For some terms, we felt confident in our decisions. You will see that we chose to use the word incarceration instead of internment when talking about Japanese American people during World War II. According to Densho, a grassroots organization focused on documenting the experiences of those Japanese American people incarcerated, terms like internment and relocation centers, though seemingly innocuous, are not accurate and fail to convey the harsh conditions and forced confinement of these facilities. You will also see that we’ve chosen not to hyphenate the term antisemitic. Not only has this been updated in the Associated Press Stylebook, but according to the International Holocaust Remembrance Association, the hyphenation and capitalization of the word semitic legitimizes a form of pseudo-scientific racial classification that has been thoroughly discredited because of its association with Nazi ideology.

For other terms, we had robust discussions. We had many conversations about our use of the words marginalization and minority. While the word minority was commonly used on campus for decades, to our team it denoted an amount of people, not a coherent classification of a group of people or their experiences on our campus. Instead, the intentional use of the word marginalized signified, to us, a conscious effort to recognize power structures of inequity and disenfranchisement faced by certain communities.

You will see language in this exhibition from historical documents and materials. This language is sometimes offensive. Even though it is a common practice for historians to quote exactly from primary sources, in some cases, we removed quotes entirely to avoid using racial slurs or epithets. In other cases, we paraphrased primary sources to represent new understandings.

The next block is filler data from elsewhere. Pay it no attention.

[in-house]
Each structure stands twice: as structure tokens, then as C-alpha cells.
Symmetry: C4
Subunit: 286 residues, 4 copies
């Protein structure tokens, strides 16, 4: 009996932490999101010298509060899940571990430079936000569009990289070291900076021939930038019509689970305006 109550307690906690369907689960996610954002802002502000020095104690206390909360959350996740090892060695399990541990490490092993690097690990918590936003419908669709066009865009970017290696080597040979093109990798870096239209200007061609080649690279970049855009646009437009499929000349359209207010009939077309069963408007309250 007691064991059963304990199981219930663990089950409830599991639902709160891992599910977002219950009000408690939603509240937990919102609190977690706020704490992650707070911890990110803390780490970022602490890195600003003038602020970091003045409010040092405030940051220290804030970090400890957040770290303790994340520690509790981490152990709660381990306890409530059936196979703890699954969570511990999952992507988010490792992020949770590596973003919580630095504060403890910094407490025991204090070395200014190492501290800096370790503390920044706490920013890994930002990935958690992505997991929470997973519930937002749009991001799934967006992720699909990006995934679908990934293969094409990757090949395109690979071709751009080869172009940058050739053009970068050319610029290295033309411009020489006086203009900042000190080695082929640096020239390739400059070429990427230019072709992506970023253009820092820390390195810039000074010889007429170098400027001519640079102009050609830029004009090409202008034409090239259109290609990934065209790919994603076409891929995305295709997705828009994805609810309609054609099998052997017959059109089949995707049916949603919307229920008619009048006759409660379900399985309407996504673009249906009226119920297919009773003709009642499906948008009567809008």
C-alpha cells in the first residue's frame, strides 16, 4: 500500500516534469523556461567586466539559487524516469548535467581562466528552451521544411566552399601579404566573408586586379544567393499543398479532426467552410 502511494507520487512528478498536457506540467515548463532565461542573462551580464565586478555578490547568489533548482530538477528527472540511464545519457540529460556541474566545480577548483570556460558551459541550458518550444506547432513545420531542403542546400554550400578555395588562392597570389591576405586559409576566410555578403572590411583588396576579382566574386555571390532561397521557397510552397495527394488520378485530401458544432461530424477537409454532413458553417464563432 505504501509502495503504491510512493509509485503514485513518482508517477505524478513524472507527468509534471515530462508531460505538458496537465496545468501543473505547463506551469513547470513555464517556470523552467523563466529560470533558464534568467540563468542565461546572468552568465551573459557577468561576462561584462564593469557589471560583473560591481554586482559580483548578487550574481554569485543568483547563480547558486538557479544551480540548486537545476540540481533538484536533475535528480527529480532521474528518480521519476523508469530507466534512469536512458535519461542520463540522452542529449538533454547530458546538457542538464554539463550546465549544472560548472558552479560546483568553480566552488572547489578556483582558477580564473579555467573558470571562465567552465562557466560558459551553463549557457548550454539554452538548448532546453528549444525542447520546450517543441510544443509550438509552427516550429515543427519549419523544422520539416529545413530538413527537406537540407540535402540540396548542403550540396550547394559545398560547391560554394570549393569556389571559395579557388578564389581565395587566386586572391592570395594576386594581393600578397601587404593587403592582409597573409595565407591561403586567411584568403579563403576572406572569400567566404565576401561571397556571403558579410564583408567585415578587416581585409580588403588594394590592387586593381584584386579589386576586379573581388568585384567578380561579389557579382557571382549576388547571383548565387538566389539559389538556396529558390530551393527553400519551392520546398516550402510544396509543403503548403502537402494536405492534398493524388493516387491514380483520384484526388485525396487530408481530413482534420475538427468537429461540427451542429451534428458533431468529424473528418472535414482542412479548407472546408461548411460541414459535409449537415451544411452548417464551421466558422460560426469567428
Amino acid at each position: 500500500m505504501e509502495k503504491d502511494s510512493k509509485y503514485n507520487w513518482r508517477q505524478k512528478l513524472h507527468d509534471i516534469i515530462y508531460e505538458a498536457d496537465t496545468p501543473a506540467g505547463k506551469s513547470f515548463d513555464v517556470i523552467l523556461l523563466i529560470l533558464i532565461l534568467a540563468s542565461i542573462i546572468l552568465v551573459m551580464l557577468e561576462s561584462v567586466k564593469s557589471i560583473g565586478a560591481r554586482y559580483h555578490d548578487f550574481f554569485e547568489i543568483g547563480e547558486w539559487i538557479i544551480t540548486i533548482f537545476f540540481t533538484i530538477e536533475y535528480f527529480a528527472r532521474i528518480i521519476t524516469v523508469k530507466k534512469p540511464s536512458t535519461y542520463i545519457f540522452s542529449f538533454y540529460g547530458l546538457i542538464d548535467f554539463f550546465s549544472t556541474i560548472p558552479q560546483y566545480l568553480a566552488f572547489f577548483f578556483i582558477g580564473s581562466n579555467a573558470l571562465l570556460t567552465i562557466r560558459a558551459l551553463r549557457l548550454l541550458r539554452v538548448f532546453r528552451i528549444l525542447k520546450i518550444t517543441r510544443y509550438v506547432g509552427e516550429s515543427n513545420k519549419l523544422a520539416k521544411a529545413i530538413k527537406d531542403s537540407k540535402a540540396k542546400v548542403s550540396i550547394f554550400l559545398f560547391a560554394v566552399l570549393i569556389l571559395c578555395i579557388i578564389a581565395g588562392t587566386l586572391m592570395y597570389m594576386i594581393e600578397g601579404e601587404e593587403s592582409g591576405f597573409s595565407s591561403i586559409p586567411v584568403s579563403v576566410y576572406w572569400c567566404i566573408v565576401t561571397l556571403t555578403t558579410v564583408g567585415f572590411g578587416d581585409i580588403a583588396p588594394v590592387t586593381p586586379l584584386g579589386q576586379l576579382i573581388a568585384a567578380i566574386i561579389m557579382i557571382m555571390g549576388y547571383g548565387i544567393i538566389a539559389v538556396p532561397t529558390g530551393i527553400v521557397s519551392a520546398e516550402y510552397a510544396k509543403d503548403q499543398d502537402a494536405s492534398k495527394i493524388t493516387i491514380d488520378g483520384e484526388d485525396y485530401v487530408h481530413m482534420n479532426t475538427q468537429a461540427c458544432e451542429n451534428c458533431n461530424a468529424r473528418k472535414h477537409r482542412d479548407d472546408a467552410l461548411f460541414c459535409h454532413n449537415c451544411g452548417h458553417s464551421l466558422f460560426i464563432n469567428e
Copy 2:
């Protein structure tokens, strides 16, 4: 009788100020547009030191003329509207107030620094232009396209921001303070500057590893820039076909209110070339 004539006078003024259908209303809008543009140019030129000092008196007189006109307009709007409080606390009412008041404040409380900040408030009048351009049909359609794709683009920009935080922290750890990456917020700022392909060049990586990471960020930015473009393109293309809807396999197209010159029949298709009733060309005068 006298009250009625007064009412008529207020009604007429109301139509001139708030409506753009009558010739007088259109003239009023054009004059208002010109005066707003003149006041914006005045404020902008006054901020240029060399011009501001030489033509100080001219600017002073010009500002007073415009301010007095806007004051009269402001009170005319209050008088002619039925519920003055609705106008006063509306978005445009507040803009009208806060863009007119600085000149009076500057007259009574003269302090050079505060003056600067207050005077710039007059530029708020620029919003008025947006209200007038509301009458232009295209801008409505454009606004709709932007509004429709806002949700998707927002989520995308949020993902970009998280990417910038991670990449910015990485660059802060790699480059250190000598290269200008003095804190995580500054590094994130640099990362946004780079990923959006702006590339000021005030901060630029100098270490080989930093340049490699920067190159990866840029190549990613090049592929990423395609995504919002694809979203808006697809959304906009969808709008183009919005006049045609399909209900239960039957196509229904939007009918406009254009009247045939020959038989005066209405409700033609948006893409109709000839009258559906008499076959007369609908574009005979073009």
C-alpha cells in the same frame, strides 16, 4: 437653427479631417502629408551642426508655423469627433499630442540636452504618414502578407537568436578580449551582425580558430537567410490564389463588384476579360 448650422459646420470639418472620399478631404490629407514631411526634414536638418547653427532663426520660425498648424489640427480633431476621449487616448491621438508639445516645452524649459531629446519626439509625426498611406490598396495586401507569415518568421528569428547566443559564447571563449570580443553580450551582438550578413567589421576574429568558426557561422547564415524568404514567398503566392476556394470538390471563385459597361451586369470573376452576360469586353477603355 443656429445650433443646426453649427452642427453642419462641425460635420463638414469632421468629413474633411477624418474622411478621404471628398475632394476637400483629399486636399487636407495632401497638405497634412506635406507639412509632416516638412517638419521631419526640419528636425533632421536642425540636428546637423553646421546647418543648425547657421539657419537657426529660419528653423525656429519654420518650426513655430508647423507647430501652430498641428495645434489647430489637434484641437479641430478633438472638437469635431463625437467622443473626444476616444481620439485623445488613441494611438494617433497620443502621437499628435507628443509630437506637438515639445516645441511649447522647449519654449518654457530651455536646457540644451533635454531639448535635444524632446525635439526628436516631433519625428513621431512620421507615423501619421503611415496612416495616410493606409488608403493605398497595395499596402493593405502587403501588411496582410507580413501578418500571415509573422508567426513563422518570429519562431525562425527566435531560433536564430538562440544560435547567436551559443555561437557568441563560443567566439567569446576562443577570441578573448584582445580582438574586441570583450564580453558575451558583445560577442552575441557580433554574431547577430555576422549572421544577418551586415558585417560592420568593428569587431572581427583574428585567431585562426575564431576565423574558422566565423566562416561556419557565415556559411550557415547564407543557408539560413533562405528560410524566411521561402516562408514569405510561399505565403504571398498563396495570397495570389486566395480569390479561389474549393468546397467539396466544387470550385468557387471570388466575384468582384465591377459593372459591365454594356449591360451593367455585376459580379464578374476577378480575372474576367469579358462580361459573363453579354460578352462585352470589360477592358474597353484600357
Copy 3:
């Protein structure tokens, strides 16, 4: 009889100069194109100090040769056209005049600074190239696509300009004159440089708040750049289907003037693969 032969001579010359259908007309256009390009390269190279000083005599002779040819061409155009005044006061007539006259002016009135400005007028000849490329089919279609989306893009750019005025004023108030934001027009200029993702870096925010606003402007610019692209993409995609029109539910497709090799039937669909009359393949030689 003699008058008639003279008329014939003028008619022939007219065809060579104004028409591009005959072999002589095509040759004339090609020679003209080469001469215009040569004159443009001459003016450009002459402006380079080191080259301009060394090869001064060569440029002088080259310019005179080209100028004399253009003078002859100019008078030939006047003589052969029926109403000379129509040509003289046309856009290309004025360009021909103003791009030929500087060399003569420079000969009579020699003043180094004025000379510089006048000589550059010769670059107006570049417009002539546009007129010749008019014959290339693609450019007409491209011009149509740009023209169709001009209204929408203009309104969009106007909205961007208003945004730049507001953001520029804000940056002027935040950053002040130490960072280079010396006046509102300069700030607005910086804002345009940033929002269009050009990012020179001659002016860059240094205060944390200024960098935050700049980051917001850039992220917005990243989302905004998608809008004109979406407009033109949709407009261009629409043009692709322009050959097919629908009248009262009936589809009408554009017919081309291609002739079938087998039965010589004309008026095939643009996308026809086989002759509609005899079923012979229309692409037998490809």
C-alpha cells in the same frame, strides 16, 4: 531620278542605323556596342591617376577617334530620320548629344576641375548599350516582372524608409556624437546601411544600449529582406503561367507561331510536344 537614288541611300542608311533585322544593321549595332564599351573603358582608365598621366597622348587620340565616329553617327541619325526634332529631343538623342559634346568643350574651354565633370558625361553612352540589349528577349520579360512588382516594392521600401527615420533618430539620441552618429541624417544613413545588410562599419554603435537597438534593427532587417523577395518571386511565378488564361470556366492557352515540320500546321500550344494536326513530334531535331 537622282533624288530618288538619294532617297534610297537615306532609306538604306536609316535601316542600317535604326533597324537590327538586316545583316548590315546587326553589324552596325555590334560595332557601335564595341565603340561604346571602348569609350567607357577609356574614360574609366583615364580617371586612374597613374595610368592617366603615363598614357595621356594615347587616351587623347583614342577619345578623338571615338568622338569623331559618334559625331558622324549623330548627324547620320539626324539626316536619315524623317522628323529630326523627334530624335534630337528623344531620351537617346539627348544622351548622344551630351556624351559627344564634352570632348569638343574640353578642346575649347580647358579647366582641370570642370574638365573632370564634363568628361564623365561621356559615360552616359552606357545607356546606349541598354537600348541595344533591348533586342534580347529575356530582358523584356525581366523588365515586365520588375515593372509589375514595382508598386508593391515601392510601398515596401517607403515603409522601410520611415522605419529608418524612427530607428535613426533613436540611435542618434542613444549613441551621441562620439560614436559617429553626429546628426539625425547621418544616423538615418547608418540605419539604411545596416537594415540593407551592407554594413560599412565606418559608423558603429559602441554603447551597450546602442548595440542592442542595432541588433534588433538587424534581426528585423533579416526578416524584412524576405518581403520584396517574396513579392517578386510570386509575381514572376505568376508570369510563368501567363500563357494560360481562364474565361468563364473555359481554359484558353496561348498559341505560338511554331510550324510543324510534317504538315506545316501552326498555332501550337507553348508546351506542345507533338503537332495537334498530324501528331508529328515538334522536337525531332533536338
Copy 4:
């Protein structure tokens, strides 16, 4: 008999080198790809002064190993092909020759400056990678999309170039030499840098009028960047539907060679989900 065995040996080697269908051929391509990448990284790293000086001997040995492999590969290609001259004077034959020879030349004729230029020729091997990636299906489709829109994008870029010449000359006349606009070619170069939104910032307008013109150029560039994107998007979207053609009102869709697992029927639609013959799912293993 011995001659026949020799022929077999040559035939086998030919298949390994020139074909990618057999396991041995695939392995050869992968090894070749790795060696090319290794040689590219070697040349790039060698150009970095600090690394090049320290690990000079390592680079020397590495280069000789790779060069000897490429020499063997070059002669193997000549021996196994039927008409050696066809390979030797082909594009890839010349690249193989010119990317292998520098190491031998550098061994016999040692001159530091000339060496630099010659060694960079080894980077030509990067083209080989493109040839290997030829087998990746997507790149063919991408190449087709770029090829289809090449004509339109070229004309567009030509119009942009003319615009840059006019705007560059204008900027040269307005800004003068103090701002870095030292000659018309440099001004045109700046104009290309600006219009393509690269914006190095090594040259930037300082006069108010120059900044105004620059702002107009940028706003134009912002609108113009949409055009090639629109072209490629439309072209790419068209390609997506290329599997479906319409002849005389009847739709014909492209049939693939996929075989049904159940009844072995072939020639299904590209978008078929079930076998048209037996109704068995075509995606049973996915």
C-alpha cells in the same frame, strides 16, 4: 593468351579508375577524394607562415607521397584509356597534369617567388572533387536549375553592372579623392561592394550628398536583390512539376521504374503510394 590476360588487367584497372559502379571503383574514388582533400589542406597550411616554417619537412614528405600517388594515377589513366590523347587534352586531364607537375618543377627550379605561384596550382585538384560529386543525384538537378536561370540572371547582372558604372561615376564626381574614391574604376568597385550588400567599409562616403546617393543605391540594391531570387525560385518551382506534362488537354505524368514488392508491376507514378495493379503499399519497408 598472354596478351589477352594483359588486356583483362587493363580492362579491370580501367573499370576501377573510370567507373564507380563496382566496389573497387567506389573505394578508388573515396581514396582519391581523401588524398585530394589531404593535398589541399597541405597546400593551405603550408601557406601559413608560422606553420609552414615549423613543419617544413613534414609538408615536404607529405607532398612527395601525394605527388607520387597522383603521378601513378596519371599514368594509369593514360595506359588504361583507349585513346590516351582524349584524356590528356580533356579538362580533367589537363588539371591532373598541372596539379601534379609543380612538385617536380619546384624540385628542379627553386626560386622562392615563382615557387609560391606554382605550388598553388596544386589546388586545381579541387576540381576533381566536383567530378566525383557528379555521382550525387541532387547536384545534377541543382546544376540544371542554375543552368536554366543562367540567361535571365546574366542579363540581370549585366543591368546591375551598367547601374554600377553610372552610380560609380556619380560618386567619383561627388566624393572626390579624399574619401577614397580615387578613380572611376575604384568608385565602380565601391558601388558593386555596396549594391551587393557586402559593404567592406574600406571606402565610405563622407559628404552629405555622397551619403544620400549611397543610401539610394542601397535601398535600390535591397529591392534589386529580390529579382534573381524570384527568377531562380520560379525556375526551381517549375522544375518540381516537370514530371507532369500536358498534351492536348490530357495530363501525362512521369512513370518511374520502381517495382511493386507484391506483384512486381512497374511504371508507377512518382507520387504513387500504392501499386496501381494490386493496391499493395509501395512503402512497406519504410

We also had conversations about stylistic choices. We chose to capitalize the word Black when discussing people with African ethnic and ancestral lineage to respect the specific cultural significance. Yet, we made the decision to lowercase the word white after hearing from academics, community members, and others that capitalizing it would be centering whiteness in an intentional stylistic way. We do, however, capitalize all specific ethnic and cultural groups, regardless of race, where appropriate. We acknowledge that there are many valid viewpoints in the case of stylistic choices, and our position on these and other stylistic choices as curators and researchers is not fixed.

We tried to be as intentional as possible in writing this exhibition. As language and culture change with the times, it is inevitable that some of the language used here will eventually become outdated and could be replaced with more appropriate phrases and words. We as curators embrace this as a natural and welcomed part of public history, museum curation, and the learning process more generally.

In conclusion

“True resistance begins with people confronting pain … and wanting to do something to change it.”

—bell hooks, MA’76

As we fearlessly sift and winnow through the university’s past, many hard truths emerge. We also find hope, and the ever-present possibility of change for the better. The university has changed in many ways across its history, often because members of the campus community have demanded it.

We believe that reckoning with our history can lead us to a better future, and that unless we acknowledge and learn from our past, we cannot move forward together. The future is not yet written. What happens next is up to us.

The UW–Madison Public History Project was made possible with support from the Office of the Chancellor using private funds.